Idahoans urged to test homes for radon, the second leading cause of lung cancer in U.S.

Niki Forbing-Orr

In Idaho, 2 in 5 tested homes across the state have higher-than-recommended radon levels. January is Radon Action Month, and the Department of Health and Welfare is encouraging Idahoans to test their homes for radon and raising awareness about the risks of radon in your community.

Living in a home with high radon levels can be dangerous for your health. Radon is the second leading cause of lung cancer, behind smoking, causing an estimated 21,000 deaths each year in the U.S. If you smoke and your home has high radon levels, your risk of lung cancer can increase even more.

Radon, an invisible radioactive gas, builds up in homes over time. Radon gas forms from natural deposits of uranium and radium in Idaho soils. The gas enters homes and buildings through gaps and cracks in crawl spaces and foundations and has been found in every county in Idaho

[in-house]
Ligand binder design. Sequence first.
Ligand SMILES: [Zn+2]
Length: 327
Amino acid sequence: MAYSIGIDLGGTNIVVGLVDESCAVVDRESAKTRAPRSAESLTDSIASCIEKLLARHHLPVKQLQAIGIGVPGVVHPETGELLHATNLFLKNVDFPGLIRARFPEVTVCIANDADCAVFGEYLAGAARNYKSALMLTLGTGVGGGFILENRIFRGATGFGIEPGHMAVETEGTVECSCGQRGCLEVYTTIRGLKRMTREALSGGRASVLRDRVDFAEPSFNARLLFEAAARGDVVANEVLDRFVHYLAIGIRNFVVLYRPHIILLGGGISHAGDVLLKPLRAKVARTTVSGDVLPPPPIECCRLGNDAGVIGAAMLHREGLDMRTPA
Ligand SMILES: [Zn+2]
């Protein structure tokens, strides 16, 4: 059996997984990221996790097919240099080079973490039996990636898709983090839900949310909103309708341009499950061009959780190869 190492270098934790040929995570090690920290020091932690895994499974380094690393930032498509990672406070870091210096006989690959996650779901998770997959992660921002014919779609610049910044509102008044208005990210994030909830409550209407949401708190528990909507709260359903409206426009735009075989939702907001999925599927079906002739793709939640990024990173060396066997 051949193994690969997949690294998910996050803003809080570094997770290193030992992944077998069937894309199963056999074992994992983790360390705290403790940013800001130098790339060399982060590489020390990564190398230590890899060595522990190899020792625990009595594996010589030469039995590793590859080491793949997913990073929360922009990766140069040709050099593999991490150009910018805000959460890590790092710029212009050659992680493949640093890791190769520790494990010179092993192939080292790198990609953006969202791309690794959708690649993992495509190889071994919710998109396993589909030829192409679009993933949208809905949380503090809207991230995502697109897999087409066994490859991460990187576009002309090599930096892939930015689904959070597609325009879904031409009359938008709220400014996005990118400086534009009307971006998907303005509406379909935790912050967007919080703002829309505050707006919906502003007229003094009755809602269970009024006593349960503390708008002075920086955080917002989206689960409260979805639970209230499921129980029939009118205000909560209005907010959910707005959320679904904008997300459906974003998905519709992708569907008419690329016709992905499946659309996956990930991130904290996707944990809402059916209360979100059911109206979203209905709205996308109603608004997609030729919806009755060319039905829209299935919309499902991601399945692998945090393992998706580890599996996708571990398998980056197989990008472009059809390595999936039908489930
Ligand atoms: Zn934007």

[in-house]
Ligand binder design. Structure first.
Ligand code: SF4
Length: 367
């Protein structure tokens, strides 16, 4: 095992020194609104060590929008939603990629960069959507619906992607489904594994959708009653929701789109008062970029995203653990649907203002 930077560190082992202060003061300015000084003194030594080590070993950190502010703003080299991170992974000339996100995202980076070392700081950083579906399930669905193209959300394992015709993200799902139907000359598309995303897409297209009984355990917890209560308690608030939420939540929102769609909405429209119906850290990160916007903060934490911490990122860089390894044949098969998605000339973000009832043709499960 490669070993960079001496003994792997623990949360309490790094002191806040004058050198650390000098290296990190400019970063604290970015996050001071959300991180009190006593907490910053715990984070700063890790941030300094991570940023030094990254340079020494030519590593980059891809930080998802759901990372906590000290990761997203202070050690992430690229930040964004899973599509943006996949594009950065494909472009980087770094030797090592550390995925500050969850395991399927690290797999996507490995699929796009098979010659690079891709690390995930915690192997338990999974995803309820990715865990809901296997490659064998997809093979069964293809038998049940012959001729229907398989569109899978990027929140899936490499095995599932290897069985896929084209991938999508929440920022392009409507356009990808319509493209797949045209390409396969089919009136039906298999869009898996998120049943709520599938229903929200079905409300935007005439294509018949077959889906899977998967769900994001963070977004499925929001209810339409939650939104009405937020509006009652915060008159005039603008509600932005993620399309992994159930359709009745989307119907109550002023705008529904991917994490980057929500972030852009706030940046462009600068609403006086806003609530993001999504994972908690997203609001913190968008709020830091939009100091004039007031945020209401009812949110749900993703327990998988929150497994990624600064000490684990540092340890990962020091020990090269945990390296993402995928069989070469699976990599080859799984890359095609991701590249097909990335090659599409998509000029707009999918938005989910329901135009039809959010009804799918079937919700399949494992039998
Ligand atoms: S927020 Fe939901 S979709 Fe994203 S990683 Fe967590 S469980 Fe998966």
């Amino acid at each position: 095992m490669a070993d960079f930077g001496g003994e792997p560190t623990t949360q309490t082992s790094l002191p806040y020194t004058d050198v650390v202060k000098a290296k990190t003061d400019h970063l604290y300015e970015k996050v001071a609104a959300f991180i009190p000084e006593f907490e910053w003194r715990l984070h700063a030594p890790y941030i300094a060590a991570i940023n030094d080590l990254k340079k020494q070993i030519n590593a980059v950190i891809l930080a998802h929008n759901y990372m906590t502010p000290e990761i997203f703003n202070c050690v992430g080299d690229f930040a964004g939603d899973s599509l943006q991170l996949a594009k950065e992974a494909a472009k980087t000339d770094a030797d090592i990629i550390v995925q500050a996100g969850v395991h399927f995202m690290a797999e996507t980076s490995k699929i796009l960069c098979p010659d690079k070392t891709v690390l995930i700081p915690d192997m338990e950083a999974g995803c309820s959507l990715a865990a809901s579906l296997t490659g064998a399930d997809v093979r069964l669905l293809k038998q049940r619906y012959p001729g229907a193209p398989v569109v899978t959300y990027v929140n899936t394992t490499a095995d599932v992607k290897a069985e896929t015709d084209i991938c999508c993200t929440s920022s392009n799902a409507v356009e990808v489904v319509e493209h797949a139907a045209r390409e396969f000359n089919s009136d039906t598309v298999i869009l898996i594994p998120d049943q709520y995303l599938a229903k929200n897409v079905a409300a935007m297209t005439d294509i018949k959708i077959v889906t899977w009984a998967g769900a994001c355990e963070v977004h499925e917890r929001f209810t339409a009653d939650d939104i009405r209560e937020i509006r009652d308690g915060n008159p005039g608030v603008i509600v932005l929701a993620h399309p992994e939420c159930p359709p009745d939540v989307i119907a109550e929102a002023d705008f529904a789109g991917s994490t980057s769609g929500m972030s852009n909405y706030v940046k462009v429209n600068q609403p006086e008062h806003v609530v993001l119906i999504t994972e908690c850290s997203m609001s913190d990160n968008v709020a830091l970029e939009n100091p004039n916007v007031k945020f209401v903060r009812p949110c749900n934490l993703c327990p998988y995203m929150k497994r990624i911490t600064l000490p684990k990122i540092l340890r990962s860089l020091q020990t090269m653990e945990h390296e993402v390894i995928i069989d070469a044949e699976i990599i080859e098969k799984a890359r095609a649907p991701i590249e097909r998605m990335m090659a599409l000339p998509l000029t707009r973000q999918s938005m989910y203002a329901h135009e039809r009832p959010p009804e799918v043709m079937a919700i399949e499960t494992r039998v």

“Because you can’t see, taste, or smell radon, people may not realize they have high radon levels in their home or be aware of the health effects,” said Megan Larson, Environmental Health Program Manager. “The only way to know if you have a radon problem is to test your home.”

Home radon tests are simple and inexpensive — and they can help save lives. Visit to purchase a discounted radon test kit for $9.95, That covers all costs including shipping, handling, and test results. High radon levels can be fixed with the help of a licensed radon mitigation professional.

For more information about how to test your home or where to find a test kit, call the Idaho Careline at 2-1-1, or visit